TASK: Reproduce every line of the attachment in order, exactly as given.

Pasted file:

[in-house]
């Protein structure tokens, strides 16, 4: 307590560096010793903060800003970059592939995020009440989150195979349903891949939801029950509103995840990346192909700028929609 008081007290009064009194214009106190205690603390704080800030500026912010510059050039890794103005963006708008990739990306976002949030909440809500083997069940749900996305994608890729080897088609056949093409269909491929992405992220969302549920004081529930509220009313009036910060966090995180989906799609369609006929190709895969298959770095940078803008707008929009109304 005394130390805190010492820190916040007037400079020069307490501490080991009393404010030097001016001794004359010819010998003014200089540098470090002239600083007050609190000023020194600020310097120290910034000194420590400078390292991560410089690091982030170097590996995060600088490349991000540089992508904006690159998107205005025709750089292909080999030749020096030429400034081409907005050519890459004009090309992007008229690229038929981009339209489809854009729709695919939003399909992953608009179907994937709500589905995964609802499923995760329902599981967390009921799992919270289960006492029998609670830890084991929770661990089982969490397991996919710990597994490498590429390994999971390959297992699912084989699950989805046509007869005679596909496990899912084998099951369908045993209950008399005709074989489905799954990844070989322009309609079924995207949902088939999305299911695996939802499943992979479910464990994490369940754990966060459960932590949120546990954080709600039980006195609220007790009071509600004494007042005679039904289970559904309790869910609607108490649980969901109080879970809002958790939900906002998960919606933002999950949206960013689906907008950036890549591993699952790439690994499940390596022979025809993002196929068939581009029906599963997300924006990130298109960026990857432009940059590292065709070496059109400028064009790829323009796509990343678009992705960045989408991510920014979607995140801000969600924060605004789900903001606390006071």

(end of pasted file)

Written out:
[in-house]
């Protein structure tokens, strides 16, 4: 307590560096010793903060800003970059592939995020009440989150195979349903891949939801029950509103995840990346192909700028929609 008081007290009064009194214009106190205690603390704080800030500026912010510059050039890794103005963006708008990739990306976002949030909440809500083997069940749900996305994608890729080897088609056949093409269909491929992405992220969302549920004081529930509220009313009036910060966090995180989906799609369609006929190709895969298959770095940078803008707008929009109304 005394130390805190010492820190916040007037400079020069307490501490080991009393404010030097001016001794004359010819010998003014200089540098470090002239600083007050609190000023020194600020310097120290910034000194420590400078390292991560410089690091982030170097590996995060600088490349991000540089992508904006690159998107205005025709750089292909080999030749020096030429400034081409907005050519890459004009090309992007008229690229038929981009339209489809854009729709695919939003399909992953608009179907994937709500589905995964609802499923995760329902599981967390009921799992919270289960006492029998609670830890084991929770661990089982969490397991996919710990597994490498590429390994999971390959297992699912084989699950989805046509007869005679596909496990899912084998099951369908045993209950008399005709074989489905799954990844070989322009309609079924995207949902088939999305299911695996939802499943992979479910464990994490369940754990966060459960932590949120546990954080709600039980006195609220007790009071509600004494007042005679039904289970559904309790869910609607108490649980969901109080879970809002958790939900906002998960919606933002999950949206960013689906907008950036890549591993699952790439690994499940390596022979025809993002196929068939581009029906599963997300924006990130298109960026990857432009940059590292065709070496059109400028064009790829323009796509990343678009992705960045989408991510920014979607995140801000969600924060605004789900903001606390006071």